Protect yourself from some common scams.
Every day, con artists tempt unsuspecting consumers with get rich quick schemes. Although new variations continue to evolve, the purpose of these scams is the same—to steal your hard-earned money.
In an effort to provide consumers with information regarding these schemes, Comerica Bank has detailed some of the most common scams. Educate yourself on potential scams and if you suspect you are a victim of fraud it is important to act as quickly as possible.
In this scam, consumers receive a phone call, email, or a letter stating that they have won a large sum of money in a foreign lottery. The winner is told that a check will be sent to them to cover part of the taxes they'll owe. They are then instructed to deposit the check into their account, withdraw a specified amount within a few days, and send the funds via wire or money transfer agency to the lottery office. The letter promises the sender that once the funds are received, the remaining prize money will be forwarded to the winner.
Shortly after the money is wired, the deposited check is returned as counterfeit to the consumer's account and no winnings are ever received.
Don't gamble with your money.
Ask yourself the following questions:
- How could I win the lottery if I never bought a ticket or entered a sweepstakes?
- Why do I need to send money to get my winnings?
Work at Home Scams
The "business", located outside of the United States, needs someone to process checks from their United States customers. The job applicant is to deposit the checks into their account and wire 90% to the “employer” keeping the remaining 10%. The wires may go to various foreign countries. The check turns out to be counterfeit and the "employee" is responsible to their bank for the entire amount. Ask yourself: Why does an international business need me to process checks?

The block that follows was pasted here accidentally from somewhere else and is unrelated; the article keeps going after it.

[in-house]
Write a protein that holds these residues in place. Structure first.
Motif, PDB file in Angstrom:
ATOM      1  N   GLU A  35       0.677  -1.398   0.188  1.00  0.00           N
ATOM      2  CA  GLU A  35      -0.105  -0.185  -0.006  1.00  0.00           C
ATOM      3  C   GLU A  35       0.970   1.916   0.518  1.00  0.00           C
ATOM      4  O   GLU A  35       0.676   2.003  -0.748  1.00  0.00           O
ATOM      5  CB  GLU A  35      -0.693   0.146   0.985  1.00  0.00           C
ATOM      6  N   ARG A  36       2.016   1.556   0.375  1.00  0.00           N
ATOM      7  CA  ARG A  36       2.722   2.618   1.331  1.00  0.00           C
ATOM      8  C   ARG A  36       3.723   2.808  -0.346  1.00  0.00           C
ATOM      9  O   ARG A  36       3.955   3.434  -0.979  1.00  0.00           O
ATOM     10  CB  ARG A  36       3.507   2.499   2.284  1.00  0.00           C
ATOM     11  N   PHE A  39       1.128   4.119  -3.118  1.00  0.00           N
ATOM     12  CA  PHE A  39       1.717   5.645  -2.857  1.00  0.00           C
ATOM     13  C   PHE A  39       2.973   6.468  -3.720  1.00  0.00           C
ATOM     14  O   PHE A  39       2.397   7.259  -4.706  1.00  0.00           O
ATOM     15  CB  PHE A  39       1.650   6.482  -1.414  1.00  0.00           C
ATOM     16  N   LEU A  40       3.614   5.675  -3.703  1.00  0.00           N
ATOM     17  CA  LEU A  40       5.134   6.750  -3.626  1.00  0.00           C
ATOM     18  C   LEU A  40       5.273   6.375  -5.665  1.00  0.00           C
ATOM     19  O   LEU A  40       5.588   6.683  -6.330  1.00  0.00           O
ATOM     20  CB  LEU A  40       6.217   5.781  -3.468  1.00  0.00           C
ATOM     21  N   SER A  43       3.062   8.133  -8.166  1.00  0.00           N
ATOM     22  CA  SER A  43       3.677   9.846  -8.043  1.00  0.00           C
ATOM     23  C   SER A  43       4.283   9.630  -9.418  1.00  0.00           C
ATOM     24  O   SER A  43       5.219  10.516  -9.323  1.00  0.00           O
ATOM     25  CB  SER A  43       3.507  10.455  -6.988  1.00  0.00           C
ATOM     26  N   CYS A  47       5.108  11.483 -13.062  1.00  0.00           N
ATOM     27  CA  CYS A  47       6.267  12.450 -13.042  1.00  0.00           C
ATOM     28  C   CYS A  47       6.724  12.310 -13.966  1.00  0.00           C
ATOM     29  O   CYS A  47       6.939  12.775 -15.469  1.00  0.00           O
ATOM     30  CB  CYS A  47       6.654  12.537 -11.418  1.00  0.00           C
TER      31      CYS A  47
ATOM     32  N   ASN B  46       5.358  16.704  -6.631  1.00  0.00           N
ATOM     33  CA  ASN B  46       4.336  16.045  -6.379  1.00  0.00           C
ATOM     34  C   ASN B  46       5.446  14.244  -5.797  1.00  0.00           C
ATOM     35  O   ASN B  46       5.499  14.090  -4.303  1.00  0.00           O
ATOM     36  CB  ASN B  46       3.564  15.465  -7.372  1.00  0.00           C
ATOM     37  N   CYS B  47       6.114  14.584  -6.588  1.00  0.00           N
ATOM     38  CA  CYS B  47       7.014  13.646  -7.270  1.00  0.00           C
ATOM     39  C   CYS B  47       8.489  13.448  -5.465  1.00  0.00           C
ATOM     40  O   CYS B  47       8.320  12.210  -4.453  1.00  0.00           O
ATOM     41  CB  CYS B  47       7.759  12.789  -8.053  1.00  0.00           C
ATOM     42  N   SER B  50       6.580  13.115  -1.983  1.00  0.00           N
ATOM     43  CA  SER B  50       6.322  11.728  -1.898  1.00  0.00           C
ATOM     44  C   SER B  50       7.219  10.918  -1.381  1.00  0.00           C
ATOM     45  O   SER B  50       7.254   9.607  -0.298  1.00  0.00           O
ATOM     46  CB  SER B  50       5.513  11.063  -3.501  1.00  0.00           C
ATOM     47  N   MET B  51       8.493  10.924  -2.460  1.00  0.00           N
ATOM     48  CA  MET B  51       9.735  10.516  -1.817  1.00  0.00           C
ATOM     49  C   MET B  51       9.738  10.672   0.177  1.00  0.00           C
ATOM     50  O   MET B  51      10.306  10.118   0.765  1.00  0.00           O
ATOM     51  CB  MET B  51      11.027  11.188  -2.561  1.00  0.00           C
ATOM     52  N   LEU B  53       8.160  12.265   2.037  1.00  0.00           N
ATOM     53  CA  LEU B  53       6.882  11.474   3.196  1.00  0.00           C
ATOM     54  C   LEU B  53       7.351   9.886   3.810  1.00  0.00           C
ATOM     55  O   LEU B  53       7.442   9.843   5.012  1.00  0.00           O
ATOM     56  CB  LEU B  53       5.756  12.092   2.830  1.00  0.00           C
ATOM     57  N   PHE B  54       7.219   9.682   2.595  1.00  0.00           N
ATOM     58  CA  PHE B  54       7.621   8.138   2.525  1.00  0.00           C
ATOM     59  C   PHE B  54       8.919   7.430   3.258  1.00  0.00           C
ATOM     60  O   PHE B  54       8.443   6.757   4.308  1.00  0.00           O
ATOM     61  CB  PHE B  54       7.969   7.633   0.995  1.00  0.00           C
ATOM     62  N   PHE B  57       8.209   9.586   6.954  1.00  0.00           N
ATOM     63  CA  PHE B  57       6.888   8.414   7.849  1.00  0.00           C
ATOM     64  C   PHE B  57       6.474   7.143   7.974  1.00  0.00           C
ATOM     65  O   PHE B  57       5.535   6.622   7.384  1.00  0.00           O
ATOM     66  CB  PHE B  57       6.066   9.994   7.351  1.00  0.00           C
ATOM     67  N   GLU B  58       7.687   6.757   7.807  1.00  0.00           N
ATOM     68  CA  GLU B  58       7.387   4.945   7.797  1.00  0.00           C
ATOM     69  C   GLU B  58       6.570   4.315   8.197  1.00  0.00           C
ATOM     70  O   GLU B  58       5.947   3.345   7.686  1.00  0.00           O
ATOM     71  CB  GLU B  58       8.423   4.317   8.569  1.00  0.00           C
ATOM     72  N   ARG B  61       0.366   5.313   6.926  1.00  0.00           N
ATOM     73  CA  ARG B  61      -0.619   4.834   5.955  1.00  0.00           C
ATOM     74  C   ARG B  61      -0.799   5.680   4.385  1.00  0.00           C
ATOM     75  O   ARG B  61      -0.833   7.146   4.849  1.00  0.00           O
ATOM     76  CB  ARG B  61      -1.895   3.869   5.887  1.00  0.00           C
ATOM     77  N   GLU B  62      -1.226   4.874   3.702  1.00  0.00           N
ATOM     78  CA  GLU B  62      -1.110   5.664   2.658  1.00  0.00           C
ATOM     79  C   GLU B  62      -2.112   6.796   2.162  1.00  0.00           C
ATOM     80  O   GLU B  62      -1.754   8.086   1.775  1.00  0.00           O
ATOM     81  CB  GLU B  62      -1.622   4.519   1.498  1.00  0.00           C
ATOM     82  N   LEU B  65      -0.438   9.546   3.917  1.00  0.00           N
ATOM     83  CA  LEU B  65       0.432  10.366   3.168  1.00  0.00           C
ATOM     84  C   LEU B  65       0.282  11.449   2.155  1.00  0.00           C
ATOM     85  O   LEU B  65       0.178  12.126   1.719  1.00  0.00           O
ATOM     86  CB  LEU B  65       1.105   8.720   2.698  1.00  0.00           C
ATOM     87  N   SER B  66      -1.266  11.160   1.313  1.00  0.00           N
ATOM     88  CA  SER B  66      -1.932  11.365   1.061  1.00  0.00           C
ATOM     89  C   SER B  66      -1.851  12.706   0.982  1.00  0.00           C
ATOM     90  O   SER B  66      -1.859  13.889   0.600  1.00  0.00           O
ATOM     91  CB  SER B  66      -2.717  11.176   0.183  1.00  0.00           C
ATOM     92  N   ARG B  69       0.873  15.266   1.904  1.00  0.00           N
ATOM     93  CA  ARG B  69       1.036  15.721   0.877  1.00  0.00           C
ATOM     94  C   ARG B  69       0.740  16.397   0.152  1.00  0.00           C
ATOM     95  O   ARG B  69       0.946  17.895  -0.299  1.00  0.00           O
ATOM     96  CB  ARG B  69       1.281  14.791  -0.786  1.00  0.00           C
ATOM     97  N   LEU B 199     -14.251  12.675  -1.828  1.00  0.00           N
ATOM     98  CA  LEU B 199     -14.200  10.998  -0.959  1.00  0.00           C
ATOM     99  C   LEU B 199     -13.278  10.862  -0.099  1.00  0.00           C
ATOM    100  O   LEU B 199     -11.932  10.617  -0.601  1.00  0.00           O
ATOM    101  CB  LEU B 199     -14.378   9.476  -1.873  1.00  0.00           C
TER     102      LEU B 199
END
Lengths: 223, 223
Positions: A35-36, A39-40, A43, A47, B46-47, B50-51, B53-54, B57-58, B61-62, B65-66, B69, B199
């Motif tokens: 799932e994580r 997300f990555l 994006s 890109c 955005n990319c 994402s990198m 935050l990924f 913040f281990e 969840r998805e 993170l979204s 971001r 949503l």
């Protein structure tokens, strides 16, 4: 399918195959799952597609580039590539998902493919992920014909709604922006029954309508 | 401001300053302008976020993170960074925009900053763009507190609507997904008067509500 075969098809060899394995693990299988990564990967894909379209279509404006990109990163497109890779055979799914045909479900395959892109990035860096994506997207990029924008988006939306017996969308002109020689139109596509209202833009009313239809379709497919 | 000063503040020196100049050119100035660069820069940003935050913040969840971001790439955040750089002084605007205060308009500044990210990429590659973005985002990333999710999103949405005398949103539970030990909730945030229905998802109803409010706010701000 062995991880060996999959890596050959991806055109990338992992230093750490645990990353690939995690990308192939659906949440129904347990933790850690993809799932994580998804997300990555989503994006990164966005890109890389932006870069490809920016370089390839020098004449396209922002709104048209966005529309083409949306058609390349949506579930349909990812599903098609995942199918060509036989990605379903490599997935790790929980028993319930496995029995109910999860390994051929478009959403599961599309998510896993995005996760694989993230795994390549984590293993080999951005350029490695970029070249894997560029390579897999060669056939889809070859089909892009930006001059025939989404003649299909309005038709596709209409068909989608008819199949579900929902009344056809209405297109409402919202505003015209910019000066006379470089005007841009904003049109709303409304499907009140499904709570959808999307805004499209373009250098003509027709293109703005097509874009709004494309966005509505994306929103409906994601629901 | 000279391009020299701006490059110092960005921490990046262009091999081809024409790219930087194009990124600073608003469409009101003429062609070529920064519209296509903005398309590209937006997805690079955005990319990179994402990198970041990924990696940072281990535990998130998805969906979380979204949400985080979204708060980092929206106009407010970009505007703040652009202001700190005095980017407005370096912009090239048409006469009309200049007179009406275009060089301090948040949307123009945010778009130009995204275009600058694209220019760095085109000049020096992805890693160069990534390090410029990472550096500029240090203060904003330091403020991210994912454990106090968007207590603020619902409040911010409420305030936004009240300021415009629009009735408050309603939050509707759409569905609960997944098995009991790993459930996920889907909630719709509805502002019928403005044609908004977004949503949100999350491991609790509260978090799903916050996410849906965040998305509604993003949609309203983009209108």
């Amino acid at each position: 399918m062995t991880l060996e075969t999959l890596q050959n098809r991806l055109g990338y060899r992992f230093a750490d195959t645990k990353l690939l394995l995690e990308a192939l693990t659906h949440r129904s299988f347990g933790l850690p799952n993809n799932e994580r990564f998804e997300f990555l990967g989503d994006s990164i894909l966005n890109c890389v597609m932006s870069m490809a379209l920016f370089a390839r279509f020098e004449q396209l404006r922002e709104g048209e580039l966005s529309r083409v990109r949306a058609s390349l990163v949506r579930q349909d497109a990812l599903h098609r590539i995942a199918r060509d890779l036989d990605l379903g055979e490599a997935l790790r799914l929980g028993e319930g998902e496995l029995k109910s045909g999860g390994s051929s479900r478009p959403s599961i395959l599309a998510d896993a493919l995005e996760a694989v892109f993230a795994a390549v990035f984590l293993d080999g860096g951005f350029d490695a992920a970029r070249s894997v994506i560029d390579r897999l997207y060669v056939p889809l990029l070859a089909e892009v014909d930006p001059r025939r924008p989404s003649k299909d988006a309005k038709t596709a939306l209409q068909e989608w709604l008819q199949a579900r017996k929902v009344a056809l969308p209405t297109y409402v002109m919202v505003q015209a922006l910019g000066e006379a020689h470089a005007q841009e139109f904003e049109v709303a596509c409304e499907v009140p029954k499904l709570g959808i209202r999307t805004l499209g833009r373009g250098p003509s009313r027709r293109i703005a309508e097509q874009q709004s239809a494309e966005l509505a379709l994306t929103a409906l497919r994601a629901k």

The "business" needs goods available in the United States. The applicant is asked to ship them to an address overseas at their own expense. The shipping fee will be reimbursed (with a counterfeit check). The items to be shipped are usually stolen or purchased with a stolen credit card.
Use extreme caution when dealing with employers you are not familiar with. Do some research on your own.
This scam begins with the consumer receiving a fax, letter, or email from someone with a very confidential business proposal. The letter states that an individual, worth millions of dollars, has died without a will.
The writer is trying to keep the money from reverting to a corrupt government and requests assistance from the consumer. The victim is asked to provide an account number where the money can be transferred, and in exchange for this "service," the victim will make a profit.
A check is sent to the victim for deposit into their bank account. Then the victim is instructed to send funds back to the originator of the letter via wire, money orders, or money transfer agency in increments under $10,000, and keep the "extra" money in their account.
Shortly after the money is wired, the deposited check is returned as counterfeit to the victim’s account, no winnings are ever received and the victim is responsible for the entire amount of the check.
If it is too good to be true, ask yourself:
- Why would the writer want to share the money?
- Why do they want this transaction kept confidential?
- Why do they want some of the money returned to them?
Elder Financial Abuse
Many innocent older adults are falling victim to financial exploitation and robbed of their life savings every day. Financial exploitation against the elderly is defined as any illegal or improper use of an elder’s funds, property or assets.
Examples of exploitation can include stealing their personal information and making unauthorized withdrawals on the elder’s account, deceiving them into believing they have won the lottery or sweepstakes or abusing powers of attorney, conservatorship or guardianships for the detriment of the elder’s financial or physical wellbeing.